Around the country real estate markets have softened leaving a glut of inventory, decreasing values, and extended marketing times. The result? More sellers are offering to finance a portion of the purchase price for the buyer in an effort to “Move that House”!
While sellers are motivated, lenders on the other hand are hunkering down or running scared. In the face of the credit crunch and increasing foreclosures, lenders have tightened underwriting requirements. Fewer loans are being originated and this also contributes to an increase of seller-financed private mortgages.
While the upside is increased private note inventory, the downside is fewer notes can be sold to investors. While seller financing is an alternative to bank financing, note investors are not immune to what is happening in the lending arena, as evidenced by our recent post on Note Investor Registry Changes.
Many note investors were securitizing their product by pooling notes together and selling as mortgage backed securities to access Wall Street funds. This helps provide liquidity and a lower cost of funds. Unfortunately, some of the investors using securitization as their sole source of funding are no longer buying notes due to the fallout of the sub prime debacle.
So there are more notes but fewer resale options. Where does that leave us? Undoubtedly there is opportunity from increased inventory in the current environment. After participating in the note industry for 20 years, it seems we are coming “full circle”. Here are a few insights on successfully navigating your note business through the changing industry:
1) Realize note buying parameters have changed. In order to minimize risk in a high default environment investors have tightened underwriting requirements. This means few private notes with less than 10% down or credit scores under 600 are being bought in today’s secondary market.
There is also a reduction in pricing for the notes being considered. This results from increased yields (more risk equals more reward) and decreased exposure or Investment to Value (ITV) limits. If yields increase then the face rate of the note must also increase or the result is larger discounts.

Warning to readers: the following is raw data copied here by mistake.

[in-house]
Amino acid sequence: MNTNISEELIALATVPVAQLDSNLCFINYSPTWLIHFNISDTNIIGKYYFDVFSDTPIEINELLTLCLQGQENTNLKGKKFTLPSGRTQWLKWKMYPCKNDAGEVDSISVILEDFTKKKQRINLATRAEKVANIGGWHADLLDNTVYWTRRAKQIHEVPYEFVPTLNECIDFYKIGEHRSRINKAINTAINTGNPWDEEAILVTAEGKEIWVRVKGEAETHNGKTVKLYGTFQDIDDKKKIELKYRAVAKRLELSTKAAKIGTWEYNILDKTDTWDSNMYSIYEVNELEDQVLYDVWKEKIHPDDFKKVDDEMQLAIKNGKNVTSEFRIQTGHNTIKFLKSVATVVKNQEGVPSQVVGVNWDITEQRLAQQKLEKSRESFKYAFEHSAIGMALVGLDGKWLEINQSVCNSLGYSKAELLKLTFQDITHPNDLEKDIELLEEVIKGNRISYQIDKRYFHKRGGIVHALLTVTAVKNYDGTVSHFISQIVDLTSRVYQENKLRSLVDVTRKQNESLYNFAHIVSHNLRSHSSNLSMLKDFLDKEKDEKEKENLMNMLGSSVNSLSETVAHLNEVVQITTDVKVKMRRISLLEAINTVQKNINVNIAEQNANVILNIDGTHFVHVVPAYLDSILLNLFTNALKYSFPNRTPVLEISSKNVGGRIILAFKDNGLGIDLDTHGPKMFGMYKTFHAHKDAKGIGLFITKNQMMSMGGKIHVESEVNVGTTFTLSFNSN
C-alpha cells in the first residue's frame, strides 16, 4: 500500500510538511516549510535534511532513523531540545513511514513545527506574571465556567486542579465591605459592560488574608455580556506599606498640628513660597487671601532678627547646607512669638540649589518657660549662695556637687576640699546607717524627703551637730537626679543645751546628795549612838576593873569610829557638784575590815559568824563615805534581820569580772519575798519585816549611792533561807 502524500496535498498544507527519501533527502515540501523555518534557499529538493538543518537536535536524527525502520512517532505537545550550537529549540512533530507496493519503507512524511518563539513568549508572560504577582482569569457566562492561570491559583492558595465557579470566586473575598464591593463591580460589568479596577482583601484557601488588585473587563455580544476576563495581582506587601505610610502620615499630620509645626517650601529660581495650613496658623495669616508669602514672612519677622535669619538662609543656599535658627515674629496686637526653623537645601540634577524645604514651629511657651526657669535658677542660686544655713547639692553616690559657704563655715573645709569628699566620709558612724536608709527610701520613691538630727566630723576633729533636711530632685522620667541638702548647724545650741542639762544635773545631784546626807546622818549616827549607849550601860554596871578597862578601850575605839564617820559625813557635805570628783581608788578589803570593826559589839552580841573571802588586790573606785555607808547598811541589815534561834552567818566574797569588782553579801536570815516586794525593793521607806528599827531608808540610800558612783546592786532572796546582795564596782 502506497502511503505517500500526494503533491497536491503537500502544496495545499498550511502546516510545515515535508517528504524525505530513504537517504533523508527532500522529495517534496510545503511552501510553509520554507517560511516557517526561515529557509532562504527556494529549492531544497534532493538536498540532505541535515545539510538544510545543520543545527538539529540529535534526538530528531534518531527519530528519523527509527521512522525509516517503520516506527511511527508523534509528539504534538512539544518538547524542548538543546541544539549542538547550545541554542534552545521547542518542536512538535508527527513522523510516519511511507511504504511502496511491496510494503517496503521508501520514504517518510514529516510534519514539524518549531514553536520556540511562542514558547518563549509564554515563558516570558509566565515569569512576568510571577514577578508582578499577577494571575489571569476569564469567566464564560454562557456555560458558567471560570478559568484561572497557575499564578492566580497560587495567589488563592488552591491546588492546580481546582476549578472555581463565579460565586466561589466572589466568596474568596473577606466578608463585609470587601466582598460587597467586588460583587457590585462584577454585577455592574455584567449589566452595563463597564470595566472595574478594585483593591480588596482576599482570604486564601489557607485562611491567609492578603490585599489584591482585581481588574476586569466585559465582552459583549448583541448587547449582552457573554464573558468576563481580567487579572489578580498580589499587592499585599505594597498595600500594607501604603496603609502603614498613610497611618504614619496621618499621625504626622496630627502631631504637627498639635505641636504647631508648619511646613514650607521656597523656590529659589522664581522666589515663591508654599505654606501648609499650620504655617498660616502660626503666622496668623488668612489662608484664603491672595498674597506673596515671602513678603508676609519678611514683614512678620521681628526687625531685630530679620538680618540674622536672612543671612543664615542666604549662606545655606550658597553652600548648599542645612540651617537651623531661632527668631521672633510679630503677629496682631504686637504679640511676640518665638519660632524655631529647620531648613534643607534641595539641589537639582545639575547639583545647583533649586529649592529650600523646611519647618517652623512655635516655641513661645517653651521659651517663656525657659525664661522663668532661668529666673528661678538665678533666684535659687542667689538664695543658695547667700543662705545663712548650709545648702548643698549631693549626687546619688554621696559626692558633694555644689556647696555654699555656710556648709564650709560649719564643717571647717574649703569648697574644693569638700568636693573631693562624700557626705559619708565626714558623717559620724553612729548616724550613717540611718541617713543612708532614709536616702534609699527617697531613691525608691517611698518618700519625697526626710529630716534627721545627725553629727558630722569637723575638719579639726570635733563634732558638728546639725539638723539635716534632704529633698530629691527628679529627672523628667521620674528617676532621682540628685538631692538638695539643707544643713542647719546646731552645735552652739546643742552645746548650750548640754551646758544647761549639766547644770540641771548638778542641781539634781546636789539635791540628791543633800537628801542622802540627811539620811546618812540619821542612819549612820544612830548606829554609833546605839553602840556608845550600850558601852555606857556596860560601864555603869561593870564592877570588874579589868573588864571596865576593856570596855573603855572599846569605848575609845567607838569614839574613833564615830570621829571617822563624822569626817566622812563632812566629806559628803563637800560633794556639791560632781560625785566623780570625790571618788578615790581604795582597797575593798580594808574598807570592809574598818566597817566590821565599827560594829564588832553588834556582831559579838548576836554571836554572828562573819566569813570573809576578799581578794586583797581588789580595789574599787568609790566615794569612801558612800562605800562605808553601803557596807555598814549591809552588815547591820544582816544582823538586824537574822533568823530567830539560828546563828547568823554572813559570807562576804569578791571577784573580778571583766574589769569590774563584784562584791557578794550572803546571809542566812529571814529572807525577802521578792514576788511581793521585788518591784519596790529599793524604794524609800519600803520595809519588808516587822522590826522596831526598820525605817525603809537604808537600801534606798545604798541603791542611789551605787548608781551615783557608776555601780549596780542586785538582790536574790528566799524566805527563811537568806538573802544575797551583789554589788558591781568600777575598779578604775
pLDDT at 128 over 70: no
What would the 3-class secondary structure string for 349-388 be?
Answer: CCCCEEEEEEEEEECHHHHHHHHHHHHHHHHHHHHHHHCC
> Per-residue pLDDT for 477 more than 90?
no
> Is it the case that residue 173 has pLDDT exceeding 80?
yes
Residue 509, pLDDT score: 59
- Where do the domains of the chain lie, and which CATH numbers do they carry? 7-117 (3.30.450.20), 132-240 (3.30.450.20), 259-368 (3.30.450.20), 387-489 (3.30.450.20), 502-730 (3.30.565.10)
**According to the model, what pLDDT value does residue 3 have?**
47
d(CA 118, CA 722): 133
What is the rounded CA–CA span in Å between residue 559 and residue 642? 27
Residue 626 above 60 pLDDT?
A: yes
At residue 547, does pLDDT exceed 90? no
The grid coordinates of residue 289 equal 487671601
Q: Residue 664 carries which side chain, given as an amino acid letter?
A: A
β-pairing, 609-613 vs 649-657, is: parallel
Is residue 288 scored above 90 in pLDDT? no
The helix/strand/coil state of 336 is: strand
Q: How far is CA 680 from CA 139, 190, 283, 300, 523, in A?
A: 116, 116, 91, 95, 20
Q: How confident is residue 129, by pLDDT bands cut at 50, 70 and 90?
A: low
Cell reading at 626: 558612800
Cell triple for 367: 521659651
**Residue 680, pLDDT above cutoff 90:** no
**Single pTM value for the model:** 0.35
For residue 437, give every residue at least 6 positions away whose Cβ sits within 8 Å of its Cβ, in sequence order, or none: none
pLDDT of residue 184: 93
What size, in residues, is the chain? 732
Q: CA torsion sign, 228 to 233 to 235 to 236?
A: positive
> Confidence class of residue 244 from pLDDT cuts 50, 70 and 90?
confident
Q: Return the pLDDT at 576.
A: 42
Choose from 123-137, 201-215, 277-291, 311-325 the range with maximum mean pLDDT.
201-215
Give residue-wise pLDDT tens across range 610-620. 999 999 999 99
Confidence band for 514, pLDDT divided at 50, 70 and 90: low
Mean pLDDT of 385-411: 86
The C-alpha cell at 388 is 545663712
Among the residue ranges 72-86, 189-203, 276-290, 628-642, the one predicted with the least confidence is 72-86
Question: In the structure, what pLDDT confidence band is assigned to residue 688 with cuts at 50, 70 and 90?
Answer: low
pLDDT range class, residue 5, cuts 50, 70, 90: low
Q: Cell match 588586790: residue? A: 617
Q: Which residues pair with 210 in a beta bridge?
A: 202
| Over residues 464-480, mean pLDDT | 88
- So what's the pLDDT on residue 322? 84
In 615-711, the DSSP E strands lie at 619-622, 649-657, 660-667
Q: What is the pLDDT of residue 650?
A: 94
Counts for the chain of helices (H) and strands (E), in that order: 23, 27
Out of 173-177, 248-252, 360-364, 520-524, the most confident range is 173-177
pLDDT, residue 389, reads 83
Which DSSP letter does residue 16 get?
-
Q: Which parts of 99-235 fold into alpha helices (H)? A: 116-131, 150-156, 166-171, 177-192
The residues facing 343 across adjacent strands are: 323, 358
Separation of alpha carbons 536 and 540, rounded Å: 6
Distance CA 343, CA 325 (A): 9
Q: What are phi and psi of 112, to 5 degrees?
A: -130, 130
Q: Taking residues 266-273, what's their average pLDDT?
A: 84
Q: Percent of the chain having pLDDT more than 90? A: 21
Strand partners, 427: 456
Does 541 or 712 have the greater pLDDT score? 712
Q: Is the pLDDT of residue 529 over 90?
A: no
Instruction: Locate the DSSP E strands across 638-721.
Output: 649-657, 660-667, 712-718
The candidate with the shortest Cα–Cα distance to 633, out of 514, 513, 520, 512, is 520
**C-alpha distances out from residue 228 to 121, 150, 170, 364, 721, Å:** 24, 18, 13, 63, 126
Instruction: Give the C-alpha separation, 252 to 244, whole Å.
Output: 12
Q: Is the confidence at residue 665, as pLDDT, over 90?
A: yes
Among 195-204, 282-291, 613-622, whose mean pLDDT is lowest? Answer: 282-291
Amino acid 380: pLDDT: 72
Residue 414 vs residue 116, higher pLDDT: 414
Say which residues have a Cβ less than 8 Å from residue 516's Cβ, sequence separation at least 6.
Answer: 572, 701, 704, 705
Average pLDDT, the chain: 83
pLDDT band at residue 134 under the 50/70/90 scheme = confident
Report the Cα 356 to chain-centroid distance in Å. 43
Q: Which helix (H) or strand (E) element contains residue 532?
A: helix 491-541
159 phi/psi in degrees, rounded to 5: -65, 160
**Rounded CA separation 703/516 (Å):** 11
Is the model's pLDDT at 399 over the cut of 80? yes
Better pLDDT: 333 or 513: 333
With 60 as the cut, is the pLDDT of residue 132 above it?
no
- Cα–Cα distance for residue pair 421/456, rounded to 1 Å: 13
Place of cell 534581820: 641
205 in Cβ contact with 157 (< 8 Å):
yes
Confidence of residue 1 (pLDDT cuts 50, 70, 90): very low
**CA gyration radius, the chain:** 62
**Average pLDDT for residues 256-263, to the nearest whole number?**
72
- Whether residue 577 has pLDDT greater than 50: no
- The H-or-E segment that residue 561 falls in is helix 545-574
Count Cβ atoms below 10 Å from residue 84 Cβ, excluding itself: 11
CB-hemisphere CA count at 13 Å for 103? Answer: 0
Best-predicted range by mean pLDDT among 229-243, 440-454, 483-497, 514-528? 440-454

2) Prepare for declining values. The ITV issue comes into play even further when property values are decreasing. For example, if an investor is comfortable at an 80% ITV on a property that sold for $175,000, the investment exposure would be $140,000 (depending on credit, yield, etc). If that home now appraises for $160,000 and the investor still wants to limit their exposure to 80% ITV the maximum they would now invest decreases to $128,000.
3) Update structuring and negotiating skills. We once again must practice the “art of the deal” by learning more advanced structuring techniques such as partial purchases. By purchasing a portion of the payment stream, a partial can create a win-win scenario by reducing the risk to the investor but still providing cash to the seller.
4) Be direct. Now more than ever it is important for note brokers to be direct with the seller and the investor. There is little room for multiple levels of note brokers diluting the profits, communication, and skill level.
5) Expand your base of note buyers. With fewer institutional type investors there is a need being filled by private investors and financial companies that can hold investments in their long-term portfolio. These companies are looking for make sense deals that fall outside the stricter lending guidelines.
Consider looking to new sources of funds like pensions, IRAs, 401(k)s, and other retirement account vehicles. Self-directed retirement accounts can be a welcome investment option. For more information on this subject read “Utilizing Retirement Accounts to Buy Notes and Real Estate”.
The inventory of notes that was depleted during the real estate boom is now being replenished. While it will take time and ingenuity to deal with the investor issues, the markets will eventually balance. By adapting to change and increasing skill, note brokers can ultimately prosper from the current state of the note industry!
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